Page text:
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THU0300 Risk Factors for Adverse Pregnancy Outcome in First-Line Treated Pregnancies in Antiphospholipid Antibodies-Positive Women According To Different Treatment Strategies: Results from Our 30 Years'Experience Pregnancy Clinic
  1. M.G. Lazzaroni1,
  2. L. Andreoli1,
  3. F. Lupoli1,
  4. E. Aggogeri1,
  5. E. Bettiga2,
  6. S. Zatti3,
  7. A. Lojacono3,
  8. F. Ramazzotto3,
  9. M. Fredi1,
  10. A. Tincani1
  1. 1Rheumatology and Clinical Immunology, Spedali Civili and University of Brescia, Brescia
  2. 2Obstetrics and Gynecology, University of Parma, Parma
  3. 3Obstetrics and Gynecology, Spedali Civili and University of Brescia, Brescia, Italy

Abstract

Background Antiphospholipid antibodies (aPL) are risk factors for Adverse Pregnancy Outcome (APO). The therapeutic strategy to adopt in aPL patients during pregnancy should in fact consider different clinical and serological risk factors. In addition to conventional therapy, some recent evidences suggest a possible role of hydroxychloroquine.

Objectives To review our approach in first-line treated pregnancies in aPL patients in our 30 years' experience Pregnancy Clinic (1985 -2015) to find out which clinical and serological risk factors have influenced the choice of treatments and which should be considered in the future for possible additional treatments.

Methods We reviewed 120 first-treated pregnancies that were prospectively followed in our center by a multispecialistic team of Rheumatologists and Obstetricians. Patients were classified as Primary Antiphospholipid Syndrome (PAPS) according to revised criteria and as Incomplete PAPS or aPL carriers according to their clinical history or aPL status. Patients with concomitant systemic autoimmune diseases were excluded. aPL profile was defined as the combination of the 3 criteria tests for aPL (Lupus Anticoagulant, anti-cardiolipin, anti-Beta2 Glycoprotein I). APO was defined as at least one of the followings: miscarriage (<10th week), fetal death (≥10th week), severe preterm delivery (≤34th week) with or without preeclampsia (PE), HELLP syndrome or perinatal death.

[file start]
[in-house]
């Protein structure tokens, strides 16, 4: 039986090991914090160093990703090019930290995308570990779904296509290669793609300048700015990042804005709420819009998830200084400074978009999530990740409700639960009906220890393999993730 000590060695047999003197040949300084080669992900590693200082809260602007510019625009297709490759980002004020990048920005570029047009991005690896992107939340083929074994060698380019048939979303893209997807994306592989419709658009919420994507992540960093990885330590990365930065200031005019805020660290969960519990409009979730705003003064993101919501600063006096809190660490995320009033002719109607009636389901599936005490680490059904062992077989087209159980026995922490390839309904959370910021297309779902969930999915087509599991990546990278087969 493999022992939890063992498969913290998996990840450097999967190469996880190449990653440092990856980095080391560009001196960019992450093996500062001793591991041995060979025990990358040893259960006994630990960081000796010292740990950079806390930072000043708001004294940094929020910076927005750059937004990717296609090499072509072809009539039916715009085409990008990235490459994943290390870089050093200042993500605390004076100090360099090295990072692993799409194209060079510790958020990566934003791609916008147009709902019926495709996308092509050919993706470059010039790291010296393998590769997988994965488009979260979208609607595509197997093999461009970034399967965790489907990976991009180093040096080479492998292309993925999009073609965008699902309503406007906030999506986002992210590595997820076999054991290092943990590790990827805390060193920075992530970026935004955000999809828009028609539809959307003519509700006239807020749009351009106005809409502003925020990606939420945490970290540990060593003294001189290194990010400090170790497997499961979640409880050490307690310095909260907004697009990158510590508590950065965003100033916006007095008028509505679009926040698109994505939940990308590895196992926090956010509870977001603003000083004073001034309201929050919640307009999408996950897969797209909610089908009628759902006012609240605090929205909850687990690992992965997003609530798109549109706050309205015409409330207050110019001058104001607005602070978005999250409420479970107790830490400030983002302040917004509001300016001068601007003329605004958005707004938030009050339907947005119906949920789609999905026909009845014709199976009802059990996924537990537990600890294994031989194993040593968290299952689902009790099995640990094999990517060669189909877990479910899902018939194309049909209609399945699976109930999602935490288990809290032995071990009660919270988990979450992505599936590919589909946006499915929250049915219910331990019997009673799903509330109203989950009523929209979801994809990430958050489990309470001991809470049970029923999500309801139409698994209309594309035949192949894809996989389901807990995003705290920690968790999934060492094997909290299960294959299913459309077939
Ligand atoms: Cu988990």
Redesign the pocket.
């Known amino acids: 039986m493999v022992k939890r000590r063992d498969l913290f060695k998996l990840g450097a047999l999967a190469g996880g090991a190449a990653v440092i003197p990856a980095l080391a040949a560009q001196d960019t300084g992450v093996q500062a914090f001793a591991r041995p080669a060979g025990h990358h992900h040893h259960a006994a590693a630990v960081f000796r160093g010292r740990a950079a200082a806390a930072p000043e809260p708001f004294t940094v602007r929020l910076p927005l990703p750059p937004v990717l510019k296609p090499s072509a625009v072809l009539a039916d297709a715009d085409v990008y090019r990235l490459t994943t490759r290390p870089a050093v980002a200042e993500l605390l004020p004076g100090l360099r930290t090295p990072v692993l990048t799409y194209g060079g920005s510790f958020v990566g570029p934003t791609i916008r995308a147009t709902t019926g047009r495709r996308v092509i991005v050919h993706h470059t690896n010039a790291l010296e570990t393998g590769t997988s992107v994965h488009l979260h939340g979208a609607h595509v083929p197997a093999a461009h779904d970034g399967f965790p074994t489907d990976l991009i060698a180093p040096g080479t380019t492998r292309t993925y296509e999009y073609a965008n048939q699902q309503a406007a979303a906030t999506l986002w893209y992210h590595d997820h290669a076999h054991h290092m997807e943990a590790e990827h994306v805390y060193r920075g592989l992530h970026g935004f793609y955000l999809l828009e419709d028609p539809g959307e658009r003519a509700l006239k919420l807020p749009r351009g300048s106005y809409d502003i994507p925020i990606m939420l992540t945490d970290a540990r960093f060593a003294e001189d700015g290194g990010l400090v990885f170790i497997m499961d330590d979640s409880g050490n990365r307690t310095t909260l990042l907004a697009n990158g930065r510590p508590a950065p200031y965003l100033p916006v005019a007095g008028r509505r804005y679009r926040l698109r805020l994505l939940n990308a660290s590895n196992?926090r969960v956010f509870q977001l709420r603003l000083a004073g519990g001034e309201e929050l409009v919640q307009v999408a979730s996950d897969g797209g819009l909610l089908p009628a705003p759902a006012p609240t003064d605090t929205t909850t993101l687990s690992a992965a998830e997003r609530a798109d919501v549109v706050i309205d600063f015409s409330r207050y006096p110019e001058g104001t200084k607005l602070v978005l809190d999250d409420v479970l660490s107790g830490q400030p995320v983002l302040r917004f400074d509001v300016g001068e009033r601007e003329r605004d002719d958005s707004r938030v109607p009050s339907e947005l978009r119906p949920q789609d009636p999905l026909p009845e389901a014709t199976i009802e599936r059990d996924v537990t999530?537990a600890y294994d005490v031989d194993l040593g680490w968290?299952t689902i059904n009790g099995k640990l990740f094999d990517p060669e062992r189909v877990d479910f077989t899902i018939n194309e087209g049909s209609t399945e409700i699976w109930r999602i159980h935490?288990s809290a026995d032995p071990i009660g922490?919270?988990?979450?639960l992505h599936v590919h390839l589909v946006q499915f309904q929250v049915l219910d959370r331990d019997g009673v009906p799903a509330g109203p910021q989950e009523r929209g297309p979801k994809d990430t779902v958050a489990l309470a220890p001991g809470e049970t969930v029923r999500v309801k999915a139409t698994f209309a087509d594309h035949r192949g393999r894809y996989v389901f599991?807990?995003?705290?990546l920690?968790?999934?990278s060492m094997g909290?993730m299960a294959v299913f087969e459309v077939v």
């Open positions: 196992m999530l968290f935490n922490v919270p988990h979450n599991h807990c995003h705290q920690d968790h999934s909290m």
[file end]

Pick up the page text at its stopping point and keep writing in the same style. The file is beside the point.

Results The type of therapy was divided in three main categories: combination therapy with low molecular weight heparin (LMWH) and LDA (68,57%), single therapy with low dose aspirin (LDA) (31,26%) and therapy with corticosteroids plus LDA (21,18%).

We collected 16 APO (13%): 11 (75%) in the category of LMWH+LDA. Analyzing APO vs. non-APO pregnancies we found no differences in variables that could predict an APO (history of thrombosis, a previous APO or a triple positive aPL profile) in any of the 3 categories (Table 1). Moreover, we found an increased rate of non criteria aPL manifestations in APO patients in LMWH+ASA category (31% vs. 4%, p:0.002; OR 2.19, 95%CI 2.20–61.6), but not in the other 2 categories of treatment.

Conclusions Non-criteria aPL manifestations are a risk factor for APO ande can determine failure to conventional treatment with LMWH plus LDA during pregnancy in aPL patients regardless of clinical diagnosis, serological profile or obstetric history. These patients may represent a more severe phenotype of disease and may deserve an immunomodulatory treatment to increase the probability of success during pregnancy.

Disclosure of Interest None declared

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